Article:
death by chocolate

DEATH BY CHOCOLATE

1 pkg. brownies mix
1/4 c. Kahlua or coffee (optional)
3 boxes Jello chocolate mousse
8 Heath (or Skor) bars
1 (12 oz.) container Cool Whip (optional)


Bake brownies; cool. Punch holes in brownies with fork. Pour Kahlua over brownies and set aside. Prepare mousse according to package directions and refrigerate. Break candy bars into pieces with a hammer (in their wrappers). Cover the brownies with the mousse. Cover mousse with candy bars. Cover with Cool Whip. Refrigerate for at least one hour.


Tuesday, 4 December 2012

Van Art

Camera Van

Lol @ the horns on top

I don't know if the van is more interesting, or the dude in
front of it

Random guy on segue: "wtf is that?"


Skulls!

A classic

I found so many star wars themed ones

Dazzling, indeed

Fairy!

mid-laundry doodles


Monday, 3 December 2012

Face Mask

decided to try making my own face mud scrub tonight.

Ingredients:

Sugar (I used white)
Coffee grounds
olive oil (just enough to moisten)
bit of almond extract to make smell nice



so good! Smells like coffee and almonds, and my face feels as soft as a baby's bottom. :3

Sunday, 2 December 2012

Women and Play in the Modern Day

Something that came up in one of my classes the other day was the notion of modern gamespaces as being male-dominated. Obviously, this is, and has been the case in a number of sports through history (Football being the big one that comes to mind). But some of this seems to have transferred over into the virtual gamespace as well. Spending hours and hours every day playing video games (be they PC or console) has come to be viewed as a masculine trait, adopted by a few "cool" avante garde "gamer" females. A girl who can kick your ass gaming is seen as "hot" in the same way a girl who can fix your car is: its unique, and therefore sexy.

 =








The rest of the gender, those who aren't deep into the FPS, the MMO RPG's, have been relegated to Angry Birds and The Sims, stereotypically more "female" games. Games which, by the way, tend to be seen as more mindless, or requiring less skill.

So why is there this polarization between skillful "male" game spaces, and less skilled "female" game spaces. Is it time for women to claim the male game space as their own, or perhaps we should just acknowledge that men and women game in different ways for different reasons? Or do they?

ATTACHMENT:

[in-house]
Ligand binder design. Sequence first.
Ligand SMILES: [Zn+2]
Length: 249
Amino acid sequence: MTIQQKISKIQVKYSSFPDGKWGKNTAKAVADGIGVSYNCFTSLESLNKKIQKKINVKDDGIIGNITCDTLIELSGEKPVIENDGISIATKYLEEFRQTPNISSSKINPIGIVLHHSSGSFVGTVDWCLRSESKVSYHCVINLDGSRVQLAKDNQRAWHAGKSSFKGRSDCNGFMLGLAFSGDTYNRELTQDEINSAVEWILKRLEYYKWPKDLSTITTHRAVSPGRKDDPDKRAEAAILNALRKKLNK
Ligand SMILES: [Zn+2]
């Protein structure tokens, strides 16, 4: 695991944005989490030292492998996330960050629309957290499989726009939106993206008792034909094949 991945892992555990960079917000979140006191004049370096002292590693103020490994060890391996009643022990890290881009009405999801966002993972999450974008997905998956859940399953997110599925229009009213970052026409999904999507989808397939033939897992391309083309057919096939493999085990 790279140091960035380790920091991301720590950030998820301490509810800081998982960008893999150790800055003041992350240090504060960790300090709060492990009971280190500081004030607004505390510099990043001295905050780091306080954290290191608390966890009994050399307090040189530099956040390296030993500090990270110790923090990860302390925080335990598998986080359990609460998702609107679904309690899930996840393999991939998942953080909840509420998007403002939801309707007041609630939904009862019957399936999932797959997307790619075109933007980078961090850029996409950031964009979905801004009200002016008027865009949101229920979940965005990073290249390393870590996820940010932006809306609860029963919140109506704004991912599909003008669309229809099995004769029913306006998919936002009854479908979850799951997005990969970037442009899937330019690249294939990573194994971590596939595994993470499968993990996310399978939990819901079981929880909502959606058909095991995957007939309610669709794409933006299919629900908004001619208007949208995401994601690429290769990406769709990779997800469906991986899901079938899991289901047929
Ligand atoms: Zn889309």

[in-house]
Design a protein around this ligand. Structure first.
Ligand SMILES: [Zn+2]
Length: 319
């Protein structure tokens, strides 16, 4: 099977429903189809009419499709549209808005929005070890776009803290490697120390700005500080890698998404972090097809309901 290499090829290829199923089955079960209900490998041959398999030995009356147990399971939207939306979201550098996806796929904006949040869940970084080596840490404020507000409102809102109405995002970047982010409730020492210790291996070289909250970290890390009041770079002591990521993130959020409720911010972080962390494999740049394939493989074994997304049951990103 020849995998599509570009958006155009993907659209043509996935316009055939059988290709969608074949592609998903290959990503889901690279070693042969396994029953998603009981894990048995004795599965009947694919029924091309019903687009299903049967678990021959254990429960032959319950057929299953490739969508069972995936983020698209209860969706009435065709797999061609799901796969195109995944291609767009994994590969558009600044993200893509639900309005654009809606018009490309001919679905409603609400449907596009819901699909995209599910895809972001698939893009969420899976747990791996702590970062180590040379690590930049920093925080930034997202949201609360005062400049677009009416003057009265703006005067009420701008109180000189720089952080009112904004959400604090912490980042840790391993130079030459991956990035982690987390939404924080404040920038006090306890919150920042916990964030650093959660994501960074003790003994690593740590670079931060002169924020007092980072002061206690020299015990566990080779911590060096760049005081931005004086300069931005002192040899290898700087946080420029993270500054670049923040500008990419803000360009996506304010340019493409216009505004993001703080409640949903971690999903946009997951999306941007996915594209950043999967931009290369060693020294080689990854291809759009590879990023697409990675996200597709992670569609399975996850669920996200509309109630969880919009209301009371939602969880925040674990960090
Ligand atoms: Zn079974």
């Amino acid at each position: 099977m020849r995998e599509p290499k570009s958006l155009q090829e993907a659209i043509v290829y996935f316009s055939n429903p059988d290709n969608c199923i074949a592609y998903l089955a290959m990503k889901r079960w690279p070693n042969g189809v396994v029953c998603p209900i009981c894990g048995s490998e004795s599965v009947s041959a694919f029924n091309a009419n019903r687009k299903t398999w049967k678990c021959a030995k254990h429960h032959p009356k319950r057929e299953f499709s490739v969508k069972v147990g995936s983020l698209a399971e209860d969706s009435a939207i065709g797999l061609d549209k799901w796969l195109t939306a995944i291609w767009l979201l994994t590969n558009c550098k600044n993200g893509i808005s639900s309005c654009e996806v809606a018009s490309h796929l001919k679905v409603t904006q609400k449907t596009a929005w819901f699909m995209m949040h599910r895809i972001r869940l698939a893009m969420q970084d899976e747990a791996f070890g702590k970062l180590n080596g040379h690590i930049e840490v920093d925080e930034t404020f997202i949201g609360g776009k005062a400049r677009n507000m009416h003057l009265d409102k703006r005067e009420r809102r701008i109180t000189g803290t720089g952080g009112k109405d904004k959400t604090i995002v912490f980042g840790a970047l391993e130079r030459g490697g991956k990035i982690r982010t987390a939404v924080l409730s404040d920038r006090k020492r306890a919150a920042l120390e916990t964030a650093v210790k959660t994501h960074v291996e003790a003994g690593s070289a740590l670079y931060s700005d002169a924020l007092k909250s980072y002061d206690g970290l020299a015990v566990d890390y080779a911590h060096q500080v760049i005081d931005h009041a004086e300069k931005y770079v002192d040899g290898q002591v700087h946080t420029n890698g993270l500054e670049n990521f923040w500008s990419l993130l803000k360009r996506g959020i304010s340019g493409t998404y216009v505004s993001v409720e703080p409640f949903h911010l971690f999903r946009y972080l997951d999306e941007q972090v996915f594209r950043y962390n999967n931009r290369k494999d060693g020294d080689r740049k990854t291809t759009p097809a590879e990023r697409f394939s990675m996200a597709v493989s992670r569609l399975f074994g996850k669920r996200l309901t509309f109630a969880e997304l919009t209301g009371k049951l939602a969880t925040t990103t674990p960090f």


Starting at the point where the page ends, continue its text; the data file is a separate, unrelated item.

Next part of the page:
I don't have the answers. Its interesting to note that during the women's suffrage movement, according to this article, suffragettes set out to make their own game space. 
"Interestingly, these games were not simply a way to convey their ideas about womensʼ rights but it was also a strategy for financing their struggle"
The connection between women's rights and game spaces seems to have a history, then. I can't quite put my finger on why there is this important connection between play and gender issues, but there does seem to be. Maybe this is something I will explore more at a later date.

Tuesday, 27 November 2012

Problem Solving

When I was in seventh or eighth (or ninth) grade, we went on a school trip to tour some of the science facilities at the University of Saskatchewan. While I don't remember much about this trip, and (obviously) I wasn't instilled with the desire to pursue a life of science, I do remember some words said by a student specializing in sound:

When it comes to problems of sound, there are three paths you can take in solving the issue:

1.) Address the problem at its source (where is the sound coming from. We'll say we're dealig with a loud sound. . .can the source be eliminated?)
2.) Address the transfer of sound between the source and the receiver (put up a soundproof barrier, maybe) 
3.) Address the problem at the receiving end (Make the people who have to listen to the loud sound wear earplugs)

While this sort of a structure can't be applied in every situation, I've found it can be a useful tool in helping solve a range of problems.

Too cold? 
 1.) Move somewhere warmer
 2.) Invest in warmer clothes
 3.) Teach yourself not to be bothered by the cold

Annoying person in your life?
1.) Eliminate them from your life (no, don't kill them)
2.) Find ways to interact with them less, perhaps only in certain settings